Smugness, Simplistic Bumper Stickers and Choice
It was the smugness that got me, I think. That and the simplistic view of a complex problem that never lends itself to the black and white arguments which attend it.
The bumper sticker read “SMILE. Your Mother Chose Life.”
The first thing that crossed my mind was simply “How in the hell would you know?”
There is no small amount of arrogance in presuming to know the circumstances of another life. I thought back to my dear mother, whom I seem to miss more and more with each passing day. I recall her stories about my birth: “It was the hottest day in 1953. And we had to ride all the way across the state on SR 90 to West Palm Beach so you could be born. Your father had to stop the car twice so I could throw up…
(This on a highway lined on both sides with signs warning of “Deep Canals” into which cars vanish and only resurface years later complete with skeletons of missing persons) And then they brought you to me and you were so beautiful.”
I miss hearing that story on my birthday each year. But the story which the bumper sticker would presume to dictate took place long before Sept. 1, 1953. The reality is that my mother did not have to choose when it came time for me to be born. She and my father very much wanted children. I was the first of three. And at some level, my birth came as a great sigh of relief for my mother who had nearly died with a tubular pregnancy on their previous try a year earlier. My mother produced three children from one ovary, the last when she was on the cusp of 40 years old. Clearly, this was a couple who wanted children.
My father had a decent job in the early 50s, working first for the USDA on a post-war training project teaching former soldiers to farm in the cane fields of South Florida and later for the local school board. After a year he headed back to the University of Florida on the GI Bill to get his masters in agriculture. Both my parents had siblings within a couple hours drive of LaBelle. My mother’s parents came down to help her when I came home from the hospital and I would go to stay with her sister’s family in Hialeah a year later when my brother’s birth proved difficult. We had places to go and resources to cover us.
My birth was simply not a result of a choice. My mother had no choices to make. She didn’t have the prospect of raising a child alone with no income to provide for it. Her child was not the result of rape or incest. She did not live in an abusive relationship nor did she live within the surround of abject poverty. My mother had two years of college under her belt and a husband with a bachelor’s degree. They were white, middle class, well respected with a strong familial support system. What choice was there to make?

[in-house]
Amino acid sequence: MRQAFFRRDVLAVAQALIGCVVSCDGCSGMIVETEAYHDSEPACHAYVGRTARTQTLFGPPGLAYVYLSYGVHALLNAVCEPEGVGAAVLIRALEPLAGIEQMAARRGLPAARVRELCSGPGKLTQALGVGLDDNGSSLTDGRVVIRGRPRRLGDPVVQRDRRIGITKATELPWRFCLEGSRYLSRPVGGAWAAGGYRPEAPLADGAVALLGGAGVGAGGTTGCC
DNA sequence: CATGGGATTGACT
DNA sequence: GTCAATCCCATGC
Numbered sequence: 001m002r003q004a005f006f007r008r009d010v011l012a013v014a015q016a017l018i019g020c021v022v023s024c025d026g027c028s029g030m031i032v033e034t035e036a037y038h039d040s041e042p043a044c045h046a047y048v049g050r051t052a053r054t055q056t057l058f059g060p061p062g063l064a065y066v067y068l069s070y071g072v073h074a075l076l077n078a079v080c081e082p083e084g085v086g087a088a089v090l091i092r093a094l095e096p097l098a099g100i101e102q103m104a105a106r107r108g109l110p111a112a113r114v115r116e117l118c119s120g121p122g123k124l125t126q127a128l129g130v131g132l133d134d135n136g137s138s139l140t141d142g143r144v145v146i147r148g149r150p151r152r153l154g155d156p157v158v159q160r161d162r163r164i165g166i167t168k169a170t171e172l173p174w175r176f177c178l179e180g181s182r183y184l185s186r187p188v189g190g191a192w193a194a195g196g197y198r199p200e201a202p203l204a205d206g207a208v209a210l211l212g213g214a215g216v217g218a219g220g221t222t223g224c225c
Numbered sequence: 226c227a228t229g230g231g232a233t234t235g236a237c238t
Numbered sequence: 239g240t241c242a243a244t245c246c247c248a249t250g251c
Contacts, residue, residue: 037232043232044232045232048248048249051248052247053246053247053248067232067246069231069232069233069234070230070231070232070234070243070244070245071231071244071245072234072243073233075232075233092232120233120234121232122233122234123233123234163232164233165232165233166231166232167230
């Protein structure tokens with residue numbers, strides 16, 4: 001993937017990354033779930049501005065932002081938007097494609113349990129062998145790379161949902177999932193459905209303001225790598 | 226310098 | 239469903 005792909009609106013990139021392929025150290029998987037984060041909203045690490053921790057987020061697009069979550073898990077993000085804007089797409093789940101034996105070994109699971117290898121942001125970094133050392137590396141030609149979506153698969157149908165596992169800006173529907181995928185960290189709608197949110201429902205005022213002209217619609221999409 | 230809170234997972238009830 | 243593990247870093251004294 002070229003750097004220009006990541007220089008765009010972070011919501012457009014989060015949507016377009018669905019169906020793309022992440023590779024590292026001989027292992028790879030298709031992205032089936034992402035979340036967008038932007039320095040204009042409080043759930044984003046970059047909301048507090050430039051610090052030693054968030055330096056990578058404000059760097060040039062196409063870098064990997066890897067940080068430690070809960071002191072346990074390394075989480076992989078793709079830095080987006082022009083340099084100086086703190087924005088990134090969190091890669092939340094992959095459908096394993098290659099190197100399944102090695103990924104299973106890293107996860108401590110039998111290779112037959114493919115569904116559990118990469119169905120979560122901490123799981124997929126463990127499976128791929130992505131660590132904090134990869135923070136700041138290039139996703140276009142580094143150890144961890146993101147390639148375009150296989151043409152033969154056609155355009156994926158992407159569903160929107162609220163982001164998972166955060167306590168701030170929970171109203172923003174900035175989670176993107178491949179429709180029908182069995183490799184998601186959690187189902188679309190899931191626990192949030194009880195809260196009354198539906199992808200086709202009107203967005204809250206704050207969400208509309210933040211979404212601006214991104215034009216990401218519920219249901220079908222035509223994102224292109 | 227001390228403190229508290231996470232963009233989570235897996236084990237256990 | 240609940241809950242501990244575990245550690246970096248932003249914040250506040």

I admit to no small amount of frustration over the way the abortion discussion typically is cast. Pro-life arguments are rarely about life in any sense beyond birth. Their proponents add hypocrisy to myopia in their general support for state killing and opposition to any kind of welfare spending to ease the lives of the poor. And pro-choice arguments focus far too often on rights with little consideration of responsibilities. Even so, choices regarding the termination of a pregnancy considered outside the context in which they are made can make little sense to anyone outside the parties immediately involved. Such complex decisions simply do not lend themselves to the simplistic reductionism of bumper sticker slogans.
If I must smile on command as the bumper sticker demands, I am more than happy to smile this day because I am alive, I am in decent health, I have a comfortable home and life, and a family who loves me. All of this is only partly due to my own efforts, the rest due to circumstances over which I had little, well, choice. But if I am being honest with myself, I must also admit to simultaneously feeling no small amount of pain for the many children born into poverty, abusive families, many of whom struggle to meet the bare minimums of food, shelter and clothing required for life. And I feel no small amount of sorrow for their mothers, many of them relatively powerless to change those conditions which can readily make life a living hell.
I have seen these children and their mothers in the barrios of Central America and the ghettos of the United States. I have taught them and represented them in court. I have lived in their dirt floor hovels in the countryside of Panama. I have sat with them in courtrooms packed with drug dealers and prostitutes. And as I remember them, I wonder how they would respond to the glib, self-satisfied bumper sticker on the rear of a late model automobile in the faculty lot at a large state university in Florida.
More importantly, I wonder how their mothers might react. Would they see themselves as blessed? Would they have second thoughts? Would they smile? More importantly, would they see the “choice” in as simplistic, black and white terms as the smug purveyor of the bumper sticker? I have to wonder.
The Rev. Harry Scott Coverston, J.D., Ph.D.
Member, Florida Bar (inactive status)
Priest, Episcopal Church (Dio. of El Camino Real, CA)
Instructor: Humanities, Religion, Philosophy of Law
University of Central Florida, Orlando
If the unexamined life is not worth living, surely an unexamined belief system, be it religious or political, is not worth holding.
Most things of value do not lend themselves to production in sound bytes.